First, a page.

Stop cloth diaper washing gimmicks before they start. Investigate the science of what is happening in your diapers, what you want to happen in your diapers, and how to bridge the gap between the two.
Goldilocks Laundry Solutions
So, if a little washing soda is good, a lot is better. Right? Not so fast. You know that isn’t true. Some washing soda in detergents is good. That does the job of cleaning. Extra washing soda for occasional stripping is a symptom of an unbalanced wash routine, but it still won’t hurt most diapers. It does not follow that all diapers should be washed with extra washing soda for every wash.
Not too much. Not too little. Just right.
Detergent. I hope you would be surprised how often we hear that a family has stinky diapers, and we find out that they are using only a Tablespoon of detergent for a whole load of diapers. If you add too little detergent, you will get a build up of organic materials in your diapers. That’s still residue, but it’s a residue of urine and feces. Nice, huh? If you add too much detergent, you will get a build up of detergent in your diapers. That residue holds smells. So, taking into account your washing machine, especially if it is a high-efficiency (HE) machine that needs less detergent, and your water quality, since hard water needs more detergent to clean well, you find the balance. Water quality, machine type, and diaper material are all important considerations when you decide how much detergent to use. Need help navigating through it all, come see us. If you don’t live nearby Orillia, write to us. We know cloth diapers very well, and we want you to succeed.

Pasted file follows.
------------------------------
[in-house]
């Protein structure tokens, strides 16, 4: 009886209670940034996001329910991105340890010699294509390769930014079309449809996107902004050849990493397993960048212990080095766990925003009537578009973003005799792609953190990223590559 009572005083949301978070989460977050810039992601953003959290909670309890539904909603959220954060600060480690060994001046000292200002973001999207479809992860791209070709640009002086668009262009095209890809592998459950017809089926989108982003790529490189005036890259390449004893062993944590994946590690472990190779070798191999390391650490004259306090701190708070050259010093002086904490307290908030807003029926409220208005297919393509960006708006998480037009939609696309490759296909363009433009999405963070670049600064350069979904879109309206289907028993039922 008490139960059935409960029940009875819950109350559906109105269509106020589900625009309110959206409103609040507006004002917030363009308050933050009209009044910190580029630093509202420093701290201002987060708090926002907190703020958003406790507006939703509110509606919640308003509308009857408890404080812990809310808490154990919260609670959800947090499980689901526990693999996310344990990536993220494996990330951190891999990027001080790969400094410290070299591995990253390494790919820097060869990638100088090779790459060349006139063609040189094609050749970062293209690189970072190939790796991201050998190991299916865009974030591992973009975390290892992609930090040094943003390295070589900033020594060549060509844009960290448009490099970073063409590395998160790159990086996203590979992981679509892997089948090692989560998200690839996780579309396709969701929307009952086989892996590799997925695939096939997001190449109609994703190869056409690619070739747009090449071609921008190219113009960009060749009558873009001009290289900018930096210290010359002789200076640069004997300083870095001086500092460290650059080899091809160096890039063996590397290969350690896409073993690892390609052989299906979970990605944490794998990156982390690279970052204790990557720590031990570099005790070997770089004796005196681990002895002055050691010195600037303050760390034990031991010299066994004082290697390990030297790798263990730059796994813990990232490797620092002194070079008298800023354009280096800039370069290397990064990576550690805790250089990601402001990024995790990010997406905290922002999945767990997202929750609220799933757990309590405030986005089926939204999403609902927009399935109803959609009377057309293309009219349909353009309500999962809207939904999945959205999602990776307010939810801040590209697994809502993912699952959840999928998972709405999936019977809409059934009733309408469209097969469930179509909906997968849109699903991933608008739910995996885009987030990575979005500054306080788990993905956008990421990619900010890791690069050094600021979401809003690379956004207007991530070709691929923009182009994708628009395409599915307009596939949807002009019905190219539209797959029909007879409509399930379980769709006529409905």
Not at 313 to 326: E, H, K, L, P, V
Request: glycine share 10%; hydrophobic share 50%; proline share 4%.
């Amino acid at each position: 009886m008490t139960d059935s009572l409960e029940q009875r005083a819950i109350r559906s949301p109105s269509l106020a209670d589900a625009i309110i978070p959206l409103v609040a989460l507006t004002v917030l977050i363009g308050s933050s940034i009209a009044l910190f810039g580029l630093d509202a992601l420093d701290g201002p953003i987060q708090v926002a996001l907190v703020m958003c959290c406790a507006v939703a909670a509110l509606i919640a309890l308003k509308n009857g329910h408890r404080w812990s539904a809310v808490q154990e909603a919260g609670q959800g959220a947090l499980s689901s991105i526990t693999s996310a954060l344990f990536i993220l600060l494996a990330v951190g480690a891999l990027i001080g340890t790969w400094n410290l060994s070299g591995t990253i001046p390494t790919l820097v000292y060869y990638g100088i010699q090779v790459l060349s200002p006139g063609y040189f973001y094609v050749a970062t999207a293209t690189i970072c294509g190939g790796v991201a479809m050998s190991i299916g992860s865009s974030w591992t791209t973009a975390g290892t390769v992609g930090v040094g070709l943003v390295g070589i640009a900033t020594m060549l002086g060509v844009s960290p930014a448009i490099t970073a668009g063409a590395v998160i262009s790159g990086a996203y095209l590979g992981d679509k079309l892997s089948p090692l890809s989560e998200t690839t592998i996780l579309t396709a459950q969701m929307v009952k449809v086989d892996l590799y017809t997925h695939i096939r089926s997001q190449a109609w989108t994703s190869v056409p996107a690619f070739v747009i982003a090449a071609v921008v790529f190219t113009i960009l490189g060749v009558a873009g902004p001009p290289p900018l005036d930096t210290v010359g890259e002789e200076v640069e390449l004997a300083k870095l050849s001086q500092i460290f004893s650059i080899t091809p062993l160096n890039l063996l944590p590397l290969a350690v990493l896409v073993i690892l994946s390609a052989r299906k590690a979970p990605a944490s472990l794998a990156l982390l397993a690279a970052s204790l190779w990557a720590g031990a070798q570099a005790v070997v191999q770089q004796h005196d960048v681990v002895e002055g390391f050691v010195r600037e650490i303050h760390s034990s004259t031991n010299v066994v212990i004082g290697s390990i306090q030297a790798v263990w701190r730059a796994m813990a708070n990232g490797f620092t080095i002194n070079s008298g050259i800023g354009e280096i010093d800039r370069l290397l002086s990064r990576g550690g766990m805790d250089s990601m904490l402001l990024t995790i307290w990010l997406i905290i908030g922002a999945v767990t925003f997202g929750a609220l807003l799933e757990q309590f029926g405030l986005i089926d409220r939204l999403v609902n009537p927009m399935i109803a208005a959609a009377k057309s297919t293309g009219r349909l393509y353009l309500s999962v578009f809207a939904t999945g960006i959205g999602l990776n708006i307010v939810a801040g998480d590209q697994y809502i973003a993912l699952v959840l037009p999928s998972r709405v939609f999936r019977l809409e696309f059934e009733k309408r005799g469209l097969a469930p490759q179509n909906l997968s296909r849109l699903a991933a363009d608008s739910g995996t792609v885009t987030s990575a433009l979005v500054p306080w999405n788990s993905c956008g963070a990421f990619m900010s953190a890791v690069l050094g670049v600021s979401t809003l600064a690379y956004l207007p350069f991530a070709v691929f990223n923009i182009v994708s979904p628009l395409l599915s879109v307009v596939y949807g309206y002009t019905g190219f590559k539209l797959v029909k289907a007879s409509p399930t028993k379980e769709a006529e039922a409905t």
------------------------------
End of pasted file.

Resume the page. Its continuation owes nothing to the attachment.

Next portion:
Water. Another issue we see, especially with HE machines, is not enough water to wash or rinse adequately. Too little water, your diapers can’t move around and the water doesn’t move through them, so you get residue. Too much water, your diapers don’t get enough agitation to help remove soil. Again, residue. Watch the wash cycle in your washing machine. Can you tell whether you have enough water? Can you adjust your water? Even with an HE machine, you can often choose a different setting to get more water to your diapers. Not too much. Not too little. You know the rest.